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Significance of 'Namak Haraam'? Hardcore tycoons can turn and side with workers

By Harsh Thakor* 

Last year, Bollywood commemorated the 50th anniversary of the movie Namak Haraam. This film portrayed the tussles or antagonism between the industrialist and workers in that era and is based in the scenario of the massive urban unrest of the 1970s, amidst the economic crisis. The story is based the escalation of unions in the scenario of Bombay's textile mills and inflation in the early 1970s. The film deals with the subject of worker-establishment relations, the age-old conflict between rich and poor, of dignified existence.
One of Hrishikesh Mukherjee’s most creative portrayals, Namak Haraam dwells the endeavours of Somu (Rajesh Khanna), who pretends to be a worker to avenge his beloved friend Vicky (Amitabh Bachchan). Somu aims to topple and replace the union leader in Vicky’s father’s factory.
However being a first hand witness of the hunger and poverty his heart melts , he is departs from bewildered Vicky’s world and flings himself in the thickest skin of the workers struggles. Characters like Vicky’s socialist friend (Simi Garewal), the union leader (AK Hangal), and the despairing alcoholic poet (Raza Murad) manifest the crusade against inequality and injustice.
The movie unfolds as Vikram Maharaj (Amitabh Bachchan) is being released after finishing a long prison sentence for murder. Waiting to take him home are Bipinlal (AK Hangal) and Nisha (Simi Garewal). At his home Vicky in meditative posture gazes at a garlanded photo and is lost in a trance.
In a most balanced and nuanced treatment of the antagonism between labourers versus management issue, Somu (Rajesh Khanna) and Vicky (Amitabh Bachchan) are forced to go on either side of the class divide despite their lifelong friendship. The flux in their relationship manifests the class conflict between the workers and industrialists.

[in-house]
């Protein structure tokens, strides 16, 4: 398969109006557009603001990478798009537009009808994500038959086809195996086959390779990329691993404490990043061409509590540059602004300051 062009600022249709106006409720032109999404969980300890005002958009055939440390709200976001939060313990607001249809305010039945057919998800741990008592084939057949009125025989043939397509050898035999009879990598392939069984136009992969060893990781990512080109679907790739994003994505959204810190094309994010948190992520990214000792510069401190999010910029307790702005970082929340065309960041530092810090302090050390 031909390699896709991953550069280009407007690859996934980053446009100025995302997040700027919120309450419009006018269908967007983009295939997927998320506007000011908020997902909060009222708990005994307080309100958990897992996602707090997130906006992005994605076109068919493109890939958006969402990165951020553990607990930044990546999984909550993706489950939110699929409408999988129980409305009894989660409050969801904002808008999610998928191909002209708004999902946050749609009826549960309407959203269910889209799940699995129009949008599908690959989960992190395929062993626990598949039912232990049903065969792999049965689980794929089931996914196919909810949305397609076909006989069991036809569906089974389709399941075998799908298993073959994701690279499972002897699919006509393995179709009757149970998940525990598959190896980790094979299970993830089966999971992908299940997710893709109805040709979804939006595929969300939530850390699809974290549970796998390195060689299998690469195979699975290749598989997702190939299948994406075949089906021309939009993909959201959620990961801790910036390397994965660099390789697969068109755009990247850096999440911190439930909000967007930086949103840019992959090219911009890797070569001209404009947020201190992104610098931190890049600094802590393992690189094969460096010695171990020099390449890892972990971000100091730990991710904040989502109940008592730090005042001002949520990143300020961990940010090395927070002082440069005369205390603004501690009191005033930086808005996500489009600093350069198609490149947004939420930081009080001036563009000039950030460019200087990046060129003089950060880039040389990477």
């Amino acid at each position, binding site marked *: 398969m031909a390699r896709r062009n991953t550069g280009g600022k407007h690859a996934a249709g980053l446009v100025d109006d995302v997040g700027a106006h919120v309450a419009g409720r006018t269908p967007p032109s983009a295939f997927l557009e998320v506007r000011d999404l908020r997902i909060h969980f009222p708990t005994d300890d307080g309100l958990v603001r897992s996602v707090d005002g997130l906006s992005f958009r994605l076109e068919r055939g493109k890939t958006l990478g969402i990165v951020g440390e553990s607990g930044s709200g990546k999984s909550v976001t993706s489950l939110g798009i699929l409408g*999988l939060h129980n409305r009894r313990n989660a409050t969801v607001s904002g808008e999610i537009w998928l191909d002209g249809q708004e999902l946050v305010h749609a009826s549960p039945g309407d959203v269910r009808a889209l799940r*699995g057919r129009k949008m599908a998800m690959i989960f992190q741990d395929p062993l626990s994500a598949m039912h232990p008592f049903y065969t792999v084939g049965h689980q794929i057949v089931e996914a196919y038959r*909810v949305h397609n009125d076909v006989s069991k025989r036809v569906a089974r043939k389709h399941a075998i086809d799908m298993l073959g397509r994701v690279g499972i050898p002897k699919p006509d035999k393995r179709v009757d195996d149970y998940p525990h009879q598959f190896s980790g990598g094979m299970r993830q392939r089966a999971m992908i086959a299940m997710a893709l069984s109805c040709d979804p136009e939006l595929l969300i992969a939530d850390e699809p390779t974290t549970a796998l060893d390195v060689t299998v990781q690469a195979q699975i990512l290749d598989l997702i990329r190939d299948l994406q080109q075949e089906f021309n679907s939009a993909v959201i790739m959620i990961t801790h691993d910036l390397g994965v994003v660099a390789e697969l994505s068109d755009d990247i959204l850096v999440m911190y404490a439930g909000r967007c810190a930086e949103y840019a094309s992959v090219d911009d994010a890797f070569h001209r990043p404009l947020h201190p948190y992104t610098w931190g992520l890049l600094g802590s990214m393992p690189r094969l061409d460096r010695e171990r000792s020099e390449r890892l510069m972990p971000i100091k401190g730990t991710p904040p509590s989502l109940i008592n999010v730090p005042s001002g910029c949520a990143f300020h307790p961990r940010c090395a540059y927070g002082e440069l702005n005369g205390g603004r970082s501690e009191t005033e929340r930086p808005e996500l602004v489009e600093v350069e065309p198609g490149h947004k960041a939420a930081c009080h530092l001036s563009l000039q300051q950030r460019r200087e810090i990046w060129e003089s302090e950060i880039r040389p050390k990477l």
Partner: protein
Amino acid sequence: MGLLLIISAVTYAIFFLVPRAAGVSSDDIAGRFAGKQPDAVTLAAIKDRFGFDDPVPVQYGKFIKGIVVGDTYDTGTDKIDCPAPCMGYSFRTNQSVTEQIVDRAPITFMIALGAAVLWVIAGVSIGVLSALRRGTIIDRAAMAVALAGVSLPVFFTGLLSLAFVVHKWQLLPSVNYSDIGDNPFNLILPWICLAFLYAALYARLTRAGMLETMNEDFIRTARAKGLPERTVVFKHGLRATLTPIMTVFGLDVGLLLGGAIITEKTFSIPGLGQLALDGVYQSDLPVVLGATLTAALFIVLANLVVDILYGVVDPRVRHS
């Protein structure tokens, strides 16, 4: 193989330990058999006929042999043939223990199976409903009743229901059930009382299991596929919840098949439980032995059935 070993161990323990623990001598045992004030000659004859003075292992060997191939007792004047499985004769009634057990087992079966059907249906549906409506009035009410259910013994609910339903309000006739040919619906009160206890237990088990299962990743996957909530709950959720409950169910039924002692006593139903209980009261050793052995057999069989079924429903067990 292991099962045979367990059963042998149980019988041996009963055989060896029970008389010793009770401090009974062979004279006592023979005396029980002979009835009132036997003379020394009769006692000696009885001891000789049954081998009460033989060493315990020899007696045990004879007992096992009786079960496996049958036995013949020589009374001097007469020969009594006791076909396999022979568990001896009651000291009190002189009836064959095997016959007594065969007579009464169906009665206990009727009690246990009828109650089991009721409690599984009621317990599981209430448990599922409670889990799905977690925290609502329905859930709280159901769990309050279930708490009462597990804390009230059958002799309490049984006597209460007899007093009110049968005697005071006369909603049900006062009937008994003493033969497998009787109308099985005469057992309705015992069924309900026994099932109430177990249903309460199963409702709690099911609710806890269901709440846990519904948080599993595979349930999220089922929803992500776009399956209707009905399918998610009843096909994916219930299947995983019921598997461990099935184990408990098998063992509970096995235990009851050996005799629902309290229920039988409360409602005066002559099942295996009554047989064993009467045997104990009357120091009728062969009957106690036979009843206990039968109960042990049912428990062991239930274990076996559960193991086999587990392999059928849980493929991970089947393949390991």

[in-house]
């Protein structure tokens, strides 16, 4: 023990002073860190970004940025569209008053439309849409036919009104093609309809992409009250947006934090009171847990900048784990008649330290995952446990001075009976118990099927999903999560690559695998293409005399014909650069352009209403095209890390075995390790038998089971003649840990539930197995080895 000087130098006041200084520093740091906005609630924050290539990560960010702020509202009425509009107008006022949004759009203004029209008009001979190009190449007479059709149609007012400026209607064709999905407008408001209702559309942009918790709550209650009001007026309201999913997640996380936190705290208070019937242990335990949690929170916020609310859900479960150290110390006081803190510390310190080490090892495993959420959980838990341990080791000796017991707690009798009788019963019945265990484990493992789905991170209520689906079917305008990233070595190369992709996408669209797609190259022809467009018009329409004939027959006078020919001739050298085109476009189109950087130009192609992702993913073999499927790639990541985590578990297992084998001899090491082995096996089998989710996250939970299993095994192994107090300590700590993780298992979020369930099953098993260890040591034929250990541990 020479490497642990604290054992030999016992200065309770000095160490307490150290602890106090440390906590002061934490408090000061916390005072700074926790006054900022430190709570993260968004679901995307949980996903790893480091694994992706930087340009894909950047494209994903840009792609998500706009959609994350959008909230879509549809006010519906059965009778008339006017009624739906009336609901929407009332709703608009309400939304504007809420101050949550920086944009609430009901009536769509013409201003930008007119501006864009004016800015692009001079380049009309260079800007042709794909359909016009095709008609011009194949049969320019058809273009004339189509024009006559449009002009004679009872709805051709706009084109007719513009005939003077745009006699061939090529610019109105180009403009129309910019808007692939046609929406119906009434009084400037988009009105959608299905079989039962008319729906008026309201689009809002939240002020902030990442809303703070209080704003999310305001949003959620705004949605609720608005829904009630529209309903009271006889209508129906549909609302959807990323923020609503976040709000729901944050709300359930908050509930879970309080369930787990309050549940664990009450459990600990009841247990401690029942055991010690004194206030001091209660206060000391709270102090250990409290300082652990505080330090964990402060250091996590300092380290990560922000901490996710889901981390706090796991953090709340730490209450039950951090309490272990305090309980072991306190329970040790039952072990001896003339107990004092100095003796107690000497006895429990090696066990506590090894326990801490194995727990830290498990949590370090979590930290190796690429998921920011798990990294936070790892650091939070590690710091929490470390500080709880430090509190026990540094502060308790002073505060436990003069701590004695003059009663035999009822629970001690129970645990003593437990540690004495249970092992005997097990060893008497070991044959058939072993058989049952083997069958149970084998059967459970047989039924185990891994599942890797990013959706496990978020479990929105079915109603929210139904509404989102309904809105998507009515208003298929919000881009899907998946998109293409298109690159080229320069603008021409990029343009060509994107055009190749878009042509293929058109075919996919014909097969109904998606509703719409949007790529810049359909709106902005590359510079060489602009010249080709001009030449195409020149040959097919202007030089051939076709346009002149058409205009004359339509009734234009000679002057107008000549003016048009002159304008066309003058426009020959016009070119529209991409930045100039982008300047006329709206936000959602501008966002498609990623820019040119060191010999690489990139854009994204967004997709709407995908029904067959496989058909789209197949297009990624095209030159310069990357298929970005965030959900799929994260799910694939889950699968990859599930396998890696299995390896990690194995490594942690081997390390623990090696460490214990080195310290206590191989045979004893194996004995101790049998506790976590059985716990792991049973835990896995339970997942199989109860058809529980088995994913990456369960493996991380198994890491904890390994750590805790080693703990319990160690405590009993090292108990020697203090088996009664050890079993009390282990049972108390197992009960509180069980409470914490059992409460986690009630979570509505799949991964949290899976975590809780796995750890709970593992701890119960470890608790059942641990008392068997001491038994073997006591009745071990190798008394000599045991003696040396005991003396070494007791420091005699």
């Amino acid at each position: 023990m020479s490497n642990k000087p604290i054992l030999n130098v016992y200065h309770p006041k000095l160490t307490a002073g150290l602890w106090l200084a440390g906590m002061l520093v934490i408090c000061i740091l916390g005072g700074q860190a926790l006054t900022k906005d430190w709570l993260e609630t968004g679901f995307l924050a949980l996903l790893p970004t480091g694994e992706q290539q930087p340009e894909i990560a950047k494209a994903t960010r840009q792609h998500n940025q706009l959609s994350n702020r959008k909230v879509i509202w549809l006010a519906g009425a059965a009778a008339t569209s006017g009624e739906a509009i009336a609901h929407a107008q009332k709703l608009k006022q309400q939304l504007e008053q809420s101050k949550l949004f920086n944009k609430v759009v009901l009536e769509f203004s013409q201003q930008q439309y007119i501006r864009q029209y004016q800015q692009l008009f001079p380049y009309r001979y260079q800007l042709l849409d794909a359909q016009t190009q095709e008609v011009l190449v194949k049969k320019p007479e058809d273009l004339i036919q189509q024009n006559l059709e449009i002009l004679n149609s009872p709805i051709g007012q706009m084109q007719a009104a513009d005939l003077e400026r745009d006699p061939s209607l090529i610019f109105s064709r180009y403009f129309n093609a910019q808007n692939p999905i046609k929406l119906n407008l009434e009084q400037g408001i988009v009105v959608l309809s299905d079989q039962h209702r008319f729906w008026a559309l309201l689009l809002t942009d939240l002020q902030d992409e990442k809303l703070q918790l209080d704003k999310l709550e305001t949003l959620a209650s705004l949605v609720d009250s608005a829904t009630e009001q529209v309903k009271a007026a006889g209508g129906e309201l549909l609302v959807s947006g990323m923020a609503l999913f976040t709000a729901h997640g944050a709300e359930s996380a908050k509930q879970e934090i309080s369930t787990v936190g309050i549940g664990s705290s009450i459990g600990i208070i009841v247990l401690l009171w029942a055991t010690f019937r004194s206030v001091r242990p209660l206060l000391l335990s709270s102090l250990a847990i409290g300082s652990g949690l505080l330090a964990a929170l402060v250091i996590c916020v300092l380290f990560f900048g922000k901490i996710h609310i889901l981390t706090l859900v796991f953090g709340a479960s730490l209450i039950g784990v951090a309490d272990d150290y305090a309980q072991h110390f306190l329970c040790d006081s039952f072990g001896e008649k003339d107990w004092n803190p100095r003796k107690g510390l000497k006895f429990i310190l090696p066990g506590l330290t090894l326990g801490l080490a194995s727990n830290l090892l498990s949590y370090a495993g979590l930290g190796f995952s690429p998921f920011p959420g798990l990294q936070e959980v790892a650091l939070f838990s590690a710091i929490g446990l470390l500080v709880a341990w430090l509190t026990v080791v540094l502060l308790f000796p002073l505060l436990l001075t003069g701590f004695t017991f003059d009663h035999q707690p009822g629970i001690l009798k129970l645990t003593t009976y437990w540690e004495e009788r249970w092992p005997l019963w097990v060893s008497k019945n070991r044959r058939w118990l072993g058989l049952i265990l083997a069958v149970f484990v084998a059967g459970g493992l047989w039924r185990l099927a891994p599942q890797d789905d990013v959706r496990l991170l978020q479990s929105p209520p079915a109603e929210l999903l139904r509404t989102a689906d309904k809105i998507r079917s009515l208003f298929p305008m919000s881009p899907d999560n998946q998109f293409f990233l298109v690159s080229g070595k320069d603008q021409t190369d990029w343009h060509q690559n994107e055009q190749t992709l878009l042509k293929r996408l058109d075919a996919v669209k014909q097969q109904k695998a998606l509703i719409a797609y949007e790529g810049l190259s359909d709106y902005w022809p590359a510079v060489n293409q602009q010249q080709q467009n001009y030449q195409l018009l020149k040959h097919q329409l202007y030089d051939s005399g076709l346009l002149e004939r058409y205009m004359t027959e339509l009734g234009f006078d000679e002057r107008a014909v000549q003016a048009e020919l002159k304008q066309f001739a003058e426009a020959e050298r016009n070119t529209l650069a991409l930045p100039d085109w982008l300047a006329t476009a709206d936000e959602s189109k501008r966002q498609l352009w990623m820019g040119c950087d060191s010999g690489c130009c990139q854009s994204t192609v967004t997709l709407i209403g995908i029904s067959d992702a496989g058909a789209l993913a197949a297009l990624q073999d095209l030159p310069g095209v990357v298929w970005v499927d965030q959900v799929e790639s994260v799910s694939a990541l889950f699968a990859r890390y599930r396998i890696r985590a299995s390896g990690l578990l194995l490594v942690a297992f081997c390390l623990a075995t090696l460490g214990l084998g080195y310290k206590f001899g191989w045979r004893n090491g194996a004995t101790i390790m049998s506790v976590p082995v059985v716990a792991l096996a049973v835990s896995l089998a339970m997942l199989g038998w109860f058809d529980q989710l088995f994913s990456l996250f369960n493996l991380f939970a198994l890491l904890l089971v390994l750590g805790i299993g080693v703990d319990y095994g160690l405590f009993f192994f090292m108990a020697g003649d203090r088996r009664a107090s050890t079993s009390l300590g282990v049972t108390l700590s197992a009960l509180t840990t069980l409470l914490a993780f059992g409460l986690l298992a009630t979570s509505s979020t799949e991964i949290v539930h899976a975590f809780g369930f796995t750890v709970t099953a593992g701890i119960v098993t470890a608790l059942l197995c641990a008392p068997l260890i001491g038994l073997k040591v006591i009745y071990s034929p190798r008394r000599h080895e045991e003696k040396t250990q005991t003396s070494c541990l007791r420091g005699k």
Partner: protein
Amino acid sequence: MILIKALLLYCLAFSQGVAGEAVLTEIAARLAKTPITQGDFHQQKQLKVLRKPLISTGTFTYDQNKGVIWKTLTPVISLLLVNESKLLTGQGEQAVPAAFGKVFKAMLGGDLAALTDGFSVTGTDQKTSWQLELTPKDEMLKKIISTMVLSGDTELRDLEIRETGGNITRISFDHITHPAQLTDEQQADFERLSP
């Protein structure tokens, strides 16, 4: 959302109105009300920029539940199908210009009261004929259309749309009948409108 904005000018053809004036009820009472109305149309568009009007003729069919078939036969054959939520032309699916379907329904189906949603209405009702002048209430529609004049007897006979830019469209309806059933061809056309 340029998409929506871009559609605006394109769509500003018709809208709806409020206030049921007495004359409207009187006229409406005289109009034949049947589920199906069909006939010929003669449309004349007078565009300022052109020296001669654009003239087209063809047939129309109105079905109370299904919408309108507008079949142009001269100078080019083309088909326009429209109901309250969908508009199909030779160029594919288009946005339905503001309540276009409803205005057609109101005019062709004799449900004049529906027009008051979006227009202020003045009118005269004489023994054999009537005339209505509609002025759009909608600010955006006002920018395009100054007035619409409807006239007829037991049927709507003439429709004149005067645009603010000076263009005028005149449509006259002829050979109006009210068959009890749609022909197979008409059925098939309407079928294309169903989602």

The movie in very sensitive and subtle manner projects the grievances of the working class, and how social situations or unrest condition their behaviour or interaction. It illustrates the psychology of a cross section of characters or contending forces. Scenes are well scissored and dialogues finely grafted. Most craftily the film blends humour with pathos or anger with reconciliation.
Very probing or crafty projection of Damodar, the factory owner, in the manner he guides his son to confront or keep the workers at bay, and his stealthy or precautionary steps in anticipation of the danger of making Sonu impersonate a union leader.
The most heart touching scene is when Vicky compensates for his father’s crime in orchestrating the murder of Sonu, by claiming he was the murderer. Most artistically and craftily Hrishikesh Mukherjee carves a theme of plot of a unique chemistry of bonding between two friends, belonging to completely different backgrounds.
The song, “Diye jalte hain phool khilte hain” truly signifies their bonding, both drawing strength in each other's company. Things change when Vicky rushes to see his ailing father, a wealthy industrialist Damodar Maharaj, played superbly by Om Shivpuri.